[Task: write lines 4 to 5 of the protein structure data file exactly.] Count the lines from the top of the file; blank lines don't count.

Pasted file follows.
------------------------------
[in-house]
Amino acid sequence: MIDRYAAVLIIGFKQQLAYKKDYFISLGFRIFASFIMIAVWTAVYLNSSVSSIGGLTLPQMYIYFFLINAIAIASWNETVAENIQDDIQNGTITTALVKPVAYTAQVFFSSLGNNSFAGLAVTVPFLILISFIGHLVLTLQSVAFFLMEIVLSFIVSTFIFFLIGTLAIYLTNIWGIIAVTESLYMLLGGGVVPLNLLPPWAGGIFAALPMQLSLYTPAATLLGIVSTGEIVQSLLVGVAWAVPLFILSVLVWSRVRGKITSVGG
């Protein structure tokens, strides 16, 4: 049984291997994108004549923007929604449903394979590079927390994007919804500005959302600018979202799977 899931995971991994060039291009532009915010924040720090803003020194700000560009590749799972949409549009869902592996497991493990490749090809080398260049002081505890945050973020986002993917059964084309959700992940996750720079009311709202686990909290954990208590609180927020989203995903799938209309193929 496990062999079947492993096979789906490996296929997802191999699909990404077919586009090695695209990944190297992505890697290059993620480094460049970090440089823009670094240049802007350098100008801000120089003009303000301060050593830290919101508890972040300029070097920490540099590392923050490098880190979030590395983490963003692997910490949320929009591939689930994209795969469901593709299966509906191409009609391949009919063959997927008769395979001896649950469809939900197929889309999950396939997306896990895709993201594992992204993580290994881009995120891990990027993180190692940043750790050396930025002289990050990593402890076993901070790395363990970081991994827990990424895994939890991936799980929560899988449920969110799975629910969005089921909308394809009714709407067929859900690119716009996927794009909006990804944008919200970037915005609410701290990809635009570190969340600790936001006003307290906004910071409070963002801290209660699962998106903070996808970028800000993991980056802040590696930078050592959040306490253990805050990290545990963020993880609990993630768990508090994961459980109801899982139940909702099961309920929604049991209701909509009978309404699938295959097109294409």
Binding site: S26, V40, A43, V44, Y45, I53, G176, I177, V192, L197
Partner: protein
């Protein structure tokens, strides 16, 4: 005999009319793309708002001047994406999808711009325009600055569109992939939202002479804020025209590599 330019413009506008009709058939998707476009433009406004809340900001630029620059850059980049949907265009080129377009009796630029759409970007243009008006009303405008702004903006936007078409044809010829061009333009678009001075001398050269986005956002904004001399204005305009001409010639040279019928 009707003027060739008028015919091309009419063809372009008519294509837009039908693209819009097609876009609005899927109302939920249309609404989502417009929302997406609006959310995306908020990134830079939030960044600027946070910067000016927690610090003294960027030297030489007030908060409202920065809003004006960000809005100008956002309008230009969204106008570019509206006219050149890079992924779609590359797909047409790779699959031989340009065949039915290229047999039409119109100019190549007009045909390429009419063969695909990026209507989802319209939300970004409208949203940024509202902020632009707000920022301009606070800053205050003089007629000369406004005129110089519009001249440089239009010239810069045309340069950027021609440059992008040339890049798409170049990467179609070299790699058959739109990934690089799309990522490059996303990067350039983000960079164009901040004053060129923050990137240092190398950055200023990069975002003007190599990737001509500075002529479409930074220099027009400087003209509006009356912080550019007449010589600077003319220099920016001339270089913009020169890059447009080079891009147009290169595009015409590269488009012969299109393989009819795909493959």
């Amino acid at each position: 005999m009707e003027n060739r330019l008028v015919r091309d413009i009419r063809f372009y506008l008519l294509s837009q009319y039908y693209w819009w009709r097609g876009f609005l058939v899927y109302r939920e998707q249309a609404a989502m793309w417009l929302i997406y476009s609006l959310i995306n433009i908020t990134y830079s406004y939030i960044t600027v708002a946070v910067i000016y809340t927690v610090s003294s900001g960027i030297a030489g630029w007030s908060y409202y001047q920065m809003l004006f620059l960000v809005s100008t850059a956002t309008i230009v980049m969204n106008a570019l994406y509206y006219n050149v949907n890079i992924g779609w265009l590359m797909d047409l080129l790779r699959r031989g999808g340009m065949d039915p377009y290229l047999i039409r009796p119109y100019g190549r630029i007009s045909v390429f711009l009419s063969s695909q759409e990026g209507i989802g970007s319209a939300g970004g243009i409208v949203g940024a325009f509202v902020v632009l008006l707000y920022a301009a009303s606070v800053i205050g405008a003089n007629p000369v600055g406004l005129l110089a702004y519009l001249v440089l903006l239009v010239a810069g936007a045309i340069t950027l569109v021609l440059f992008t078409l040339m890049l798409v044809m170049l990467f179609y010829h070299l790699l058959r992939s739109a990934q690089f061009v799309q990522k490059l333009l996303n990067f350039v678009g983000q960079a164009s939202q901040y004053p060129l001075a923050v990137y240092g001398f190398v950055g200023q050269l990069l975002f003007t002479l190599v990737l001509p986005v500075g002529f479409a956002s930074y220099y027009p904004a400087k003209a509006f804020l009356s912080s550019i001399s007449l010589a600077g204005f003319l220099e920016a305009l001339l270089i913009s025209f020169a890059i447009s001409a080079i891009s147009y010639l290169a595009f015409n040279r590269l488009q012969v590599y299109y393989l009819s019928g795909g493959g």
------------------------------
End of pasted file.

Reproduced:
Binding site: S26, V40, A43, V44, Y45, I53, G176, I177, V192, L197
Partner: protein